"Water temperature is like the Goldilocks rule: not too hot, not too cold," Massick says. "Choose a temperature that is right in the middle—a lukewarm temperature that won’t strip the natural oils by being too hot or contracting from being too cold."

Benefits of Washing Your Face With Cold Water

While lukewarm water is best, dermatologists say washing your face with cool or cold water can help your skin in a few ways. Here are some of the leading reasons someone may want to wash with cool water:

  • Cool water can help with acne-related irritation, Jaliman says.
  • Cold water can help reduce skin puffiness—especially the puffy eyes many people experience in the morning upon waking, Jaliman says.
  • Cold water can cause vasoconstriction, which is a narrowing of the blood vessels that can temporarily give skin a brighter and less inflamed appearance, Nazarian says.

Drawbacks to Using Cold Water

Everybody's skin and lifestyle habits are a bit different, so this will vary from person to person, but washing with cold water carries a few potential downsides.

One point to consider is that cold water may not cleanse your face of bacteria and pollutants as effectively as washing with warm water, Jaliman says. On that note, your pores can react to cold water by contracting, which may trap grime, bacteria, and oil. Essentially "making cleansing less effective," Massick says.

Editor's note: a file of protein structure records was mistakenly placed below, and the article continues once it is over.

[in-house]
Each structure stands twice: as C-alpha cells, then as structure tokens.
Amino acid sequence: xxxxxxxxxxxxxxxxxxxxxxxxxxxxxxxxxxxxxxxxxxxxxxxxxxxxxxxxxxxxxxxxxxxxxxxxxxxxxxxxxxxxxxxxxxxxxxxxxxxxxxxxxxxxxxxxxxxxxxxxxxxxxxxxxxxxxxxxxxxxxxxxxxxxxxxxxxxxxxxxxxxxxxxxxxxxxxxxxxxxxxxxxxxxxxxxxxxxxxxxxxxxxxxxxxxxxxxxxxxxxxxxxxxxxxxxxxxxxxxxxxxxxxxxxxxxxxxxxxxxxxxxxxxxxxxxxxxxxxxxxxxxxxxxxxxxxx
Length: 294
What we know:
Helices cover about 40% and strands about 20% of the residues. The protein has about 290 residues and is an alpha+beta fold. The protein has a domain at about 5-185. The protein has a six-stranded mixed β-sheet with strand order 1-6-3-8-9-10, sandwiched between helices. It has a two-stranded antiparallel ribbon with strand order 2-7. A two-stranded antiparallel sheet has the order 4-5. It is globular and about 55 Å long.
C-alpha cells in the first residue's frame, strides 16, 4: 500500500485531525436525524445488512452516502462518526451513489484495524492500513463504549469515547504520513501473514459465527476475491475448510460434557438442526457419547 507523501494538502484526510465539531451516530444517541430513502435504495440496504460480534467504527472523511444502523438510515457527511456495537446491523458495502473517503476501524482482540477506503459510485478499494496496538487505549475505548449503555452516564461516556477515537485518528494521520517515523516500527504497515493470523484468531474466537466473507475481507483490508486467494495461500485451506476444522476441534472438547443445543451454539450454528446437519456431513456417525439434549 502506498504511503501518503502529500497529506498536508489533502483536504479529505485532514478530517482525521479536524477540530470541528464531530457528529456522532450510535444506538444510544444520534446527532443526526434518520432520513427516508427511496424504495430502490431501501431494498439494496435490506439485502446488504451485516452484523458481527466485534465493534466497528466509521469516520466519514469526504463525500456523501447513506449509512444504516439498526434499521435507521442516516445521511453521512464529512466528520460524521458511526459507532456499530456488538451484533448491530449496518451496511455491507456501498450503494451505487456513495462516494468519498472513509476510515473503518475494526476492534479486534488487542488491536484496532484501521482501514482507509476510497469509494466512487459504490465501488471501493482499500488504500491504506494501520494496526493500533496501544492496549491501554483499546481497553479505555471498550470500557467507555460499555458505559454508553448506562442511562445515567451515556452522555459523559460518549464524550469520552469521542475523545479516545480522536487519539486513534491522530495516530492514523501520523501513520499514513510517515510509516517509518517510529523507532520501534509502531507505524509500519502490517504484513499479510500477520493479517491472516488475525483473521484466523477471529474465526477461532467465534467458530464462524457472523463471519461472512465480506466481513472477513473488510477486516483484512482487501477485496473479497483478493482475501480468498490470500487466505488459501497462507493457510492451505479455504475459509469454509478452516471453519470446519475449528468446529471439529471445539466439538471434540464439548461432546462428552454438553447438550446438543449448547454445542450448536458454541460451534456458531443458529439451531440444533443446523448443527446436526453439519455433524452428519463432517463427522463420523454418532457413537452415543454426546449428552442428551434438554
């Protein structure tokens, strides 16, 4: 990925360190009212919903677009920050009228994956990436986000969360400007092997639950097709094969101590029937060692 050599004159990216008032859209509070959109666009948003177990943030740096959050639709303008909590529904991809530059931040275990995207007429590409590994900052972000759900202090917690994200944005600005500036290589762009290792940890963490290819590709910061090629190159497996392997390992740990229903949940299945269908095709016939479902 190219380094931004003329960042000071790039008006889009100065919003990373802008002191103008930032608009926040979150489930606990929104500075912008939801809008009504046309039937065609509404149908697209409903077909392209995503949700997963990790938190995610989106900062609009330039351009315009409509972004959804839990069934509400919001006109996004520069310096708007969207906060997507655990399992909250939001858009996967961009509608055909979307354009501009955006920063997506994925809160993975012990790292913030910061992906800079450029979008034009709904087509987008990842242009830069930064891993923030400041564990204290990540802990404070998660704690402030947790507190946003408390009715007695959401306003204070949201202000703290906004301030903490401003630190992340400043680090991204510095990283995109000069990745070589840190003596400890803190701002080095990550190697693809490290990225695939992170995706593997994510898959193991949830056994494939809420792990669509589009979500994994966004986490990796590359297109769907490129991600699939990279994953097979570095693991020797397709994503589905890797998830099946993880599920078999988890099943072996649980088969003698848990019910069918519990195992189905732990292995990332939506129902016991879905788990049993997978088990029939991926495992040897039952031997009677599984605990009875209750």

Another drawback is comfort. If you live in a colder climate or are particularly sensitive to cold water and cold temperatures, washing with cold water may not feel as good as washing your face with lukewarm water.

Face Washing Tips to Keep in Mind

It's easy to get wrapped up in all the minute details, but face washing doesn't need to be complicated. Here are some basics to keep in mind while washing your face:

  • Wash With Lukewarm Water: Dermatologists agree that lukewarm water is best for washing your face. But a splash of cold water can be nice first thing in the morning or after washing your face with lukewarm water, dermatologists say.